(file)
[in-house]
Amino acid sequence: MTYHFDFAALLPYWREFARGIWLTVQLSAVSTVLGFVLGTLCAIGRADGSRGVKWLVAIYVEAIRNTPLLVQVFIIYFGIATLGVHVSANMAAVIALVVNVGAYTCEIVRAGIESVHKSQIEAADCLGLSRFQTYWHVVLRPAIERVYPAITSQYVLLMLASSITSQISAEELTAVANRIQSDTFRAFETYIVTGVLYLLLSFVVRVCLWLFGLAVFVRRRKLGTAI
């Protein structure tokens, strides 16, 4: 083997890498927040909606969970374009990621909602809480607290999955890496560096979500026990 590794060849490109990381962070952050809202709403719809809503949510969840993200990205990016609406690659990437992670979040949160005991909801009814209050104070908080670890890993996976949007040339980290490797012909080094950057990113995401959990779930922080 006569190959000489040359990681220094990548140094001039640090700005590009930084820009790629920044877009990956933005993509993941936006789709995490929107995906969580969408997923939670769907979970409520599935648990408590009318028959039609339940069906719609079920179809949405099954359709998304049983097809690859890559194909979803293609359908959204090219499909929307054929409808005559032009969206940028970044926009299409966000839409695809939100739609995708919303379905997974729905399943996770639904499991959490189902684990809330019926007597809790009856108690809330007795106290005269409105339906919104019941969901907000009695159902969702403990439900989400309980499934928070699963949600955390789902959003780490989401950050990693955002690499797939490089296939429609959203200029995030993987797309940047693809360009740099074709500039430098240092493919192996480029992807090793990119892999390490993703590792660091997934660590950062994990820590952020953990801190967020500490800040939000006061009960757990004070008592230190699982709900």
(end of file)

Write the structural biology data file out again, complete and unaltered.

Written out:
[in-house]
Amino acid sequence: MTYHFDFAALLPYWREFARGIWLTVQLSAVSTVLGFVLGTLCAIGRADGSRGVKWLVAIYVEAIRNTPLLVQVFIIYFGIATLGVHVSANMAAVIALVVNVGAYTCEIVRAGIESVHKSQIEAADCLGLSRFQTYWHVVLRPAIERVYPAITSQYVLLMLASSITSQISAEELTAVANRIQSDTFRAFETYIVTGVLYLLLSFVVRVCLWLFGLAVFVRRRKLGTAI
């Protein structure tokens, strides 16, 4: 083997890498927040909606969970374009990621909602809480607290999955890496560096979500026990 590794060849490109990381962070952050809202709403719809809503949510969840993200990205990016609406690659990437992670979040949160005991909801009814209050104070908080670890890993996976949007040339980290490797012909080094950057990113995401959990779930922080 006569190959000489040359990681220094990548140094001039640090700005590009930084820009790629920044877009990956933005993509993941936006789709995490929107995906969580969408997923939670769907979970409520599935648990408590009318028959039609339940069906719609079920179809949405099954359709998304049983097809690859890559194909979803293609359908959204090219499909929307054929409808005559032009969206940028970044926009299409966000839409695809939100739609995708919303379905997974729905399943996770639904499991959490189902684990809330019926007597809790009856108690809330007795106290005269409105339906919104019941969901907000009695159902969702403990439900989400309980499934928070699963949600955390789902959003780490989401950050990693955002690499797939490089296939429609959203200029995030993987797309940047693809360009740099074709500039430098240092493919192996480029992807090793990119892999390490993703590792660091997934660590950062994990820590952020953990801190967020500490800040939000006061009960757990004070008592230190699982709900």